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Together with its strong economic growth, China's demand for energy is surging rapidly. The US Energy Information Administration (EIA) forecasts that China's oil consumption will increase by almost half a million barrels per day in 2007, or 38 percent of the total growth in world oil demand. In 2003, China raced past Japan to become the world's second biggest consumer of petroleum products after the US. In 2004, its thirst for oil grew by 15%, while its output only rose 2%. China accounted for 40% of the growth in oil demand over the last four years, says EIA.

According to Oil & Gas Journal (OGJ), China had 18.3 billion barrels of proven oil reserves as of January 2006, flat from the previous year. China produced 3.8 million barrels per day (Mmbbl/d) of oil in 2006, slightly higher than the previous year. Of this, 96 percent is expected to be crude oil. EIA estimates that China consumed 7.4 Mmbbl/d of oil in 2006, representing nearly a half million barrels per day increase from 2005. EIA also forecasts that China's increase in oil demand will represent 38 percent of the world total increase in demand.

Much attention has been given to China's national oil companies investing in oil exploration and production assets overseas. The China National Petroleum Corporation (CNPC) and the China Petroleum and Chemical Corporation (Sinopec) have looked overseas for oil exploration and production opportunities. However, their total contribution to Chinese oil imports in mid-2005 was less than 300,000 bbl/d, or 8.5 percent of total oil imports. As a result, China is expected to continue to rely on imports of oil and petroleum products.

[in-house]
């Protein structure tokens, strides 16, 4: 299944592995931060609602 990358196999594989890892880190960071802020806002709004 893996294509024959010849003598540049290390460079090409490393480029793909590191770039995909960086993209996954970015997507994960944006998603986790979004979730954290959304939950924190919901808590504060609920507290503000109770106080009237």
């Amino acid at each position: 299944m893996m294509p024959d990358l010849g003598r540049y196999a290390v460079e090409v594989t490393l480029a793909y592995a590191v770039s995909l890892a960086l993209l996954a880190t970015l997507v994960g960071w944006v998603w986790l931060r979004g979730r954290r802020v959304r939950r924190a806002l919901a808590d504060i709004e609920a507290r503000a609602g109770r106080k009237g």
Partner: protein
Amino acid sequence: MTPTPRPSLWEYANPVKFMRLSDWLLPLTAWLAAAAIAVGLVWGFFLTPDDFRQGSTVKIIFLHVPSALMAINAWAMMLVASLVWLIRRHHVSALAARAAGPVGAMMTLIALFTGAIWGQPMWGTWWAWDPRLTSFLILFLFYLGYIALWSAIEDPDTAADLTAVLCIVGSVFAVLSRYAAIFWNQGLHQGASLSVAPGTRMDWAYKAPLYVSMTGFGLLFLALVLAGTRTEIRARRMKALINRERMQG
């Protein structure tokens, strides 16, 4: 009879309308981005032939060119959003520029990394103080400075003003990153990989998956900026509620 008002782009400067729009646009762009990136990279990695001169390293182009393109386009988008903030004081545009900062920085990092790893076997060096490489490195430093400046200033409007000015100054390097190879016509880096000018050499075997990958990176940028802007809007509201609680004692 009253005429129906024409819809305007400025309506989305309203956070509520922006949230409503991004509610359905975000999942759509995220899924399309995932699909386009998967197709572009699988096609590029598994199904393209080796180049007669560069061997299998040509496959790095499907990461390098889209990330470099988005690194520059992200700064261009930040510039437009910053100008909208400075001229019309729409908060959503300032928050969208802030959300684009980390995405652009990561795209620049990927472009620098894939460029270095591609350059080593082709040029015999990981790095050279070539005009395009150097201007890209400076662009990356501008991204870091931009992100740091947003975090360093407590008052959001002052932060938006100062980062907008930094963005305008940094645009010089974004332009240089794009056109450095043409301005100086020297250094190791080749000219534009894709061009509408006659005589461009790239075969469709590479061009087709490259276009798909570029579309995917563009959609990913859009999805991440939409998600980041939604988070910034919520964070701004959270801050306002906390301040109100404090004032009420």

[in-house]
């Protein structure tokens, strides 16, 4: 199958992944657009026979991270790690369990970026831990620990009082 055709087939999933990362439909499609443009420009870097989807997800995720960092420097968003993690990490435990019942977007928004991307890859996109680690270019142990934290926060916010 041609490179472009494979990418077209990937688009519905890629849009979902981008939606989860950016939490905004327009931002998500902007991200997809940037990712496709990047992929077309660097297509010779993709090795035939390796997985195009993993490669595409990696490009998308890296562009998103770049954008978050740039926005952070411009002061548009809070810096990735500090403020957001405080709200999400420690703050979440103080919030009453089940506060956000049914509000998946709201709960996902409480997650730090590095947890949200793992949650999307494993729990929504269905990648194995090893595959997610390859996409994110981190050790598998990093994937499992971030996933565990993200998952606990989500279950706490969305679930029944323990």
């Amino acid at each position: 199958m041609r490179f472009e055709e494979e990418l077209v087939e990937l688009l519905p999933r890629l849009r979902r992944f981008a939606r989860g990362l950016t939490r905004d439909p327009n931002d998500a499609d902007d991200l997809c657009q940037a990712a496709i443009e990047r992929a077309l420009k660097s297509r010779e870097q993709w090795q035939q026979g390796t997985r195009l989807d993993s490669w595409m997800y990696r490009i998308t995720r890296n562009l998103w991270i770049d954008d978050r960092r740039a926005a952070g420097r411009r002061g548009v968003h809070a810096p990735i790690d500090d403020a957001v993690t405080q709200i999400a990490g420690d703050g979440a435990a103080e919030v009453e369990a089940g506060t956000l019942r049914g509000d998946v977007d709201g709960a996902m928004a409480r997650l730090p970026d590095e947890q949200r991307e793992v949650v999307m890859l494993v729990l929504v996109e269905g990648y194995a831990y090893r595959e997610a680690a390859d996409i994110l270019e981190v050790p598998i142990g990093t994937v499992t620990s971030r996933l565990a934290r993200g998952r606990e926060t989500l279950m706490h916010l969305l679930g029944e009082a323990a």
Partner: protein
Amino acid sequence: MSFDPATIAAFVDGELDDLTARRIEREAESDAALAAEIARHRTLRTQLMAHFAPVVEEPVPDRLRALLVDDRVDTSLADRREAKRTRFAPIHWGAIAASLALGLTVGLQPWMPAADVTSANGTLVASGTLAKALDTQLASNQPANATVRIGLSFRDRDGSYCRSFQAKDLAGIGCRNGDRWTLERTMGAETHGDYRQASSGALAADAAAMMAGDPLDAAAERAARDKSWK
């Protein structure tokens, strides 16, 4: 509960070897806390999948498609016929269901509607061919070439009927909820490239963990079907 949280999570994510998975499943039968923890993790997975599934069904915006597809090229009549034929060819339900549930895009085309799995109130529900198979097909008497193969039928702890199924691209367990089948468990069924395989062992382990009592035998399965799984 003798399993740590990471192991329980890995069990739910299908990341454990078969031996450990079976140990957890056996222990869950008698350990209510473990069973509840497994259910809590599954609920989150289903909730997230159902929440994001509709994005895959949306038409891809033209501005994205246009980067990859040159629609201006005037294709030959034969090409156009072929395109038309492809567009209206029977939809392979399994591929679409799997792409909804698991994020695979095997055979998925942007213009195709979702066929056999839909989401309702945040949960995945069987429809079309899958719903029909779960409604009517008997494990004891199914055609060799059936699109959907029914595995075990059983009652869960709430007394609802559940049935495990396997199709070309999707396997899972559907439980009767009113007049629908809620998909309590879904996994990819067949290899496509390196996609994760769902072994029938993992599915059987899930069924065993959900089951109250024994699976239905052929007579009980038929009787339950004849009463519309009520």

In 1993, China became a net importer of energy resources, with yearly petroleum import increasing around 10m tons and the amount tending to grow on an annual basis. On December 11, 2006, China opened its product oil market. By 2010, China's demand for gasoline, kerosene and diesel oil is expected to hit 185 million to 189 million tons, In 2005 its petroleum imports hit 100m tons, and by 2020 it is expected that over 50 percent petroleum supply would depend on imports.

Despite efforts to accelerate the exploitation and utilization of renewable energy, China will still be short of 8 percent energy by 2010 and about 24 percent by 2040, of which petroleum shortage may reach several hundred million tons. Dependence on imports had jumped from 6.6 percent in 1995 to 25 percent in 2000. The figure is expected to rise to 30 percent by 2010 and further to top 50 percent by 2020. By 2020 over 50 percent petroleum supply would depend on imports.